A caucus chair looks over a group of Pete Buttigieg supporters during a Democratic caucus in Des Moines last week. (Daniel Acker/Bloomberg News)

One week ago, five people from Ocheyedan, Iowa — population 461 — met in the Osceola County Courthouse in nearby Sibley. They were there to decide which candidate for the Democratic presidential nomination would get the three county delegates their precinct would allocate. Former South Bend, Ind., mayor Pete Buttigieg was the preferred candidate of three of the people who showed up. The other two backed Sens. Amy Klobuchar (Minn.) or Bernie Sanders (I-Vt.).

In a winner-take-all system, what happens next would have been straightforward. Buttigieg won the majority, so he gets the delegates.

Candidate Votes
Buttigieg 3
Klobuchar 1
Sanders 1

But Iowa is not a normal system. Because there were three county delegates at stake, each candidate needed to receive the support of at least one-sixth of the precinct’s voters to be considered “viable.” That viability threshold was higher for the voters from Ocheyedan than in most places in the state, a function of the smaller number of delegates in play. The way the caucuses work is that supporters of any candidate who didn’t hit that threshold would have to pick from the candidates who did, what’s known as the “realignment.” But in this case, that wasn’t necessary. One-sixth of five voters is 0.8, meaning that, after rounding, the viability threshold was one vote. Buttigieg, Sanders and Klobuchar all hit that benchmark. What’s more, no voter was allowed to change their mind once they were supporting a viable candidate.

You are forgiven if you are already lost.

The process then moved on to divvying up the county delegates. There’s a formula for this. You take the number of county delegates at stake and multiply it by the number of votes a viable candidate received, then divide the total by the number of voters at the precinct. So for Buttigieg, there were three county delegates times three votes (nine) divided by five total voters, giving us a total of 1.8. Round that up, and you get two — suggesting that Buttigieg should get two county delegates.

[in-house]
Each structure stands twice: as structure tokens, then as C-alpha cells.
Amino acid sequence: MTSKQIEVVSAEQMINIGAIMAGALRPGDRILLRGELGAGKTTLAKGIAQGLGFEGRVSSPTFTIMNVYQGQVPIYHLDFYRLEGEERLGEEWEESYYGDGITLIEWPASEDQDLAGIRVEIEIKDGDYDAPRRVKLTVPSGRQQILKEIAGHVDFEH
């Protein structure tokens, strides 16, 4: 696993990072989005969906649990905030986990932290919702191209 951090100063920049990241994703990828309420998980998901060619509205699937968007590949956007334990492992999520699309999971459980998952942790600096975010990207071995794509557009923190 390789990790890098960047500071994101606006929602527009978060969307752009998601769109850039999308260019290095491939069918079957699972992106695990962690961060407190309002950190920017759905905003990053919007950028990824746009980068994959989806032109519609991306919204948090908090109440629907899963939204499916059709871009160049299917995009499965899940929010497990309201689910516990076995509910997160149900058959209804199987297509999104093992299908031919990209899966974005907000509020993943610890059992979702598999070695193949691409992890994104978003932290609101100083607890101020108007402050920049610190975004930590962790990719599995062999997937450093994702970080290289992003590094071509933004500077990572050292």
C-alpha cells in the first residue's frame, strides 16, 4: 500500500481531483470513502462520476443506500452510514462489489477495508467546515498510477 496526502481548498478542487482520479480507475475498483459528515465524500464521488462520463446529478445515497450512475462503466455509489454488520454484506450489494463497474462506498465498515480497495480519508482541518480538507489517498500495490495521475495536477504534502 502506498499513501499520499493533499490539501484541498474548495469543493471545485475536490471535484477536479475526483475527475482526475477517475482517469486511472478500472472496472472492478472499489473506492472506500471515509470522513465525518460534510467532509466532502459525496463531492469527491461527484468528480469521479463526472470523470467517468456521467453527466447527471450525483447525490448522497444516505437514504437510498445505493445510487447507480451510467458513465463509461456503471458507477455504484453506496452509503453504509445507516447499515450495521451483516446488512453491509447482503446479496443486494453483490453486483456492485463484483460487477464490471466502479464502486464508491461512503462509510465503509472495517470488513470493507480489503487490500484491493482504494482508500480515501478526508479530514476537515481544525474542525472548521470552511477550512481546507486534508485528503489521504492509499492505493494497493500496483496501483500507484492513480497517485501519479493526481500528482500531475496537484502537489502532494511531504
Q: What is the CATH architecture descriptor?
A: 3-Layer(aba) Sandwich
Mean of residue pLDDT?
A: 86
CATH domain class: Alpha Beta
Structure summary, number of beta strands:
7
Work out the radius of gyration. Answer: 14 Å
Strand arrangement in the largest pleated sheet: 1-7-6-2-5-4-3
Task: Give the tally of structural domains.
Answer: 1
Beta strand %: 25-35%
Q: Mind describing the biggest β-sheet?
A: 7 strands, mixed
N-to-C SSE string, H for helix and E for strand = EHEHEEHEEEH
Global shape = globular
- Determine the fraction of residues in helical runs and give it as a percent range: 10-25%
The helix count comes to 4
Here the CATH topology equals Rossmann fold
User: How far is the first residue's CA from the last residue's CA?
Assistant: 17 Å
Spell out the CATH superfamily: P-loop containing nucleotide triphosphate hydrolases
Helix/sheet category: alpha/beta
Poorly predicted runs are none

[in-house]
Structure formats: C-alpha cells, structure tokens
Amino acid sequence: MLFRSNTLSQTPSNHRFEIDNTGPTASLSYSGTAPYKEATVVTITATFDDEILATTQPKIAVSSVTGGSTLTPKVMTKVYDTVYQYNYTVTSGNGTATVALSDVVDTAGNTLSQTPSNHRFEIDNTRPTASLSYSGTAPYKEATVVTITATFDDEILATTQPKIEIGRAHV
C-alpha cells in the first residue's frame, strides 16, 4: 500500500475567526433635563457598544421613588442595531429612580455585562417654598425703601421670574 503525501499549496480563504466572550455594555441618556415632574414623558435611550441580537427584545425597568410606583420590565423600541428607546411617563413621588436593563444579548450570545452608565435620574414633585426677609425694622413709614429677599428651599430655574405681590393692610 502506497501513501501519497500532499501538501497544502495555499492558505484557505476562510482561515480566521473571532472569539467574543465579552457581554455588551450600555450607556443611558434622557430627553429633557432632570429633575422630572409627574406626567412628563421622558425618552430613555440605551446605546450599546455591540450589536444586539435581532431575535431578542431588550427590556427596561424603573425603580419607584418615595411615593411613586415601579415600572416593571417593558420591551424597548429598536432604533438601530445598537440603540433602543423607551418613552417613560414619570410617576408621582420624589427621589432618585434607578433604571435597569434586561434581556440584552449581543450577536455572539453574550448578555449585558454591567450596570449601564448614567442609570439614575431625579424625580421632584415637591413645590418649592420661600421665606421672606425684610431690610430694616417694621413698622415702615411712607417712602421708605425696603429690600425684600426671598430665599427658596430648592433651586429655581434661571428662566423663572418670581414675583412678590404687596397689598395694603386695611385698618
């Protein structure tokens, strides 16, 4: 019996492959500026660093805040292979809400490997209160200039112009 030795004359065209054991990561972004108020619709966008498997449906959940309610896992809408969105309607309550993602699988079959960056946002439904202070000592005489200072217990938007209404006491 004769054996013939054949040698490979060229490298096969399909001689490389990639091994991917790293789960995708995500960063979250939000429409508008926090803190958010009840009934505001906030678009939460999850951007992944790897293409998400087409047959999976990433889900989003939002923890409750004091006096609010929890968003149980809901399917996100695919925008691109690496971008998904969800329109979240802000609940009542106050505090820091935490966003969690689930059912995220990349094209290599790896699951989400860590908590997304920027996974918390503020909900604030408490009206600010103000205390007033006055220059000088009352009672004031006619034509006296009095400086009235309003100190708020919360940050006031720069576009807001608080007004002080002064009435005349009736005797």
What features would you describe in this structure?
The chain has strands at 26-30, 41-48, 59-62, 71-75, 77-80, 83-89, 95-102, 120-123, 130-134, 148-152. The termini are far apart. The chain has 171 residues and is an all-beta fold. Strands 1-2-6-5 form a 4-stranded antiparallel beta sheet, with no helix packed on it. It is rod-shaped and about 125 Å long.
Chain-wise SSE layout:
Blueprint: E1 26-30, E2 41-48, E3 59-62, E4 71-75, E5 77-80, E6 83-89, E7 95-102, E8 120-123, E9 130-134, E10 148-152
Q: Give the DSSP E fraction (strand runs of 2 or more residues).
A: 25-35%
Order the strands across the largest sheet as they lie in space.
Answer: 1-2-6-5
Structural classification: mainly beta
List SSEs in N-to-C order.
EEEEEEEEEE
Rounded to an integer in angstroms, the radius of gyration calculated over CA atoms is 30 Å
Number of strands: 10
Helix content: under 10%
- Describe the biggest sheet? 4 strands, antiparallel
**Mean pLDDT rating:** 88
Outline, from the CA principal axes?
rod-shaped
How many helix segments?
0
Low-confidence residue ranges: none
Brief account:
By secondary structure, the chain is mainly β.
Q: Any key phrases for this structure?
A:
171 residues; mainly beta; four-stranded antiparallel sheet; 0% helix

But now we have a problem. Who gets the other one? Both Sanders and Klobuchar each got one vote, which, per the formula above, gives each of them 0.6 delegates. Those round up, too, to one delegate each. Now we have four delegates being awarded out of three total.

Candidate Votes Delegates Rounded
Buttigieg 3 1.8 2
Klobuchar 1 0.6 1
Sanders 1 0.6 1

Were Buttigieg not in the mix and Sanders and Klobuchar were tied and trying to figure out who got that third delegate, they’d flip a coin for it, according to the rules. That’s not the case here. Instead, the rules call for rounding down the person with the smallest fraction — but you can’t lose a county delegate in doing so. So the number that can be rounded down without causing a candidate to lose all of their delegates is Buttigieg’s, which gets rounded from 1.8 to 1. The result? A one-to-one-to-one tie.

Candidate Votes Delegates Rounded Adjusted
Buttigieg 3 1.8 2 1
Klobuchar 1 0.6 1 1
Sanders 1 0.6 1 1

In the abstract, this is unfair but not egregiously so. We’re talking about such small numbers after all. But this is Iowa, were small oddities can become big problems.

In that Ocheyedan precinct, each county delegate was worth 0.1 state-delegate equivalents, a number that roughly corresponds to the number of delegates a candidate will get at Iowa’s state convention and then to the actual delegates who go vote for a nominee at the convention. The results in Ocheyedan would yield 0.1 state-delegate equivalents for both Sanders and Buttigieg, a tie that wouldn’t affect the margin between the two at the state level.

Candidate County delegates SDEs
Buttigieg 1 0.1
Klobuchar 1 0.1
Sanders 1 0.1

That statewide margin is important. Buttigieg has been declared the winner statewide because, although Sanders earned more votes in both initial preference and after realignments, Buttigieg earned more state-delegate equivalents. As of writing, Buttigieg leads on that metric by a 564.29-to-561.46 margin. That’s a difference of 2.83 state-delegate equivalents.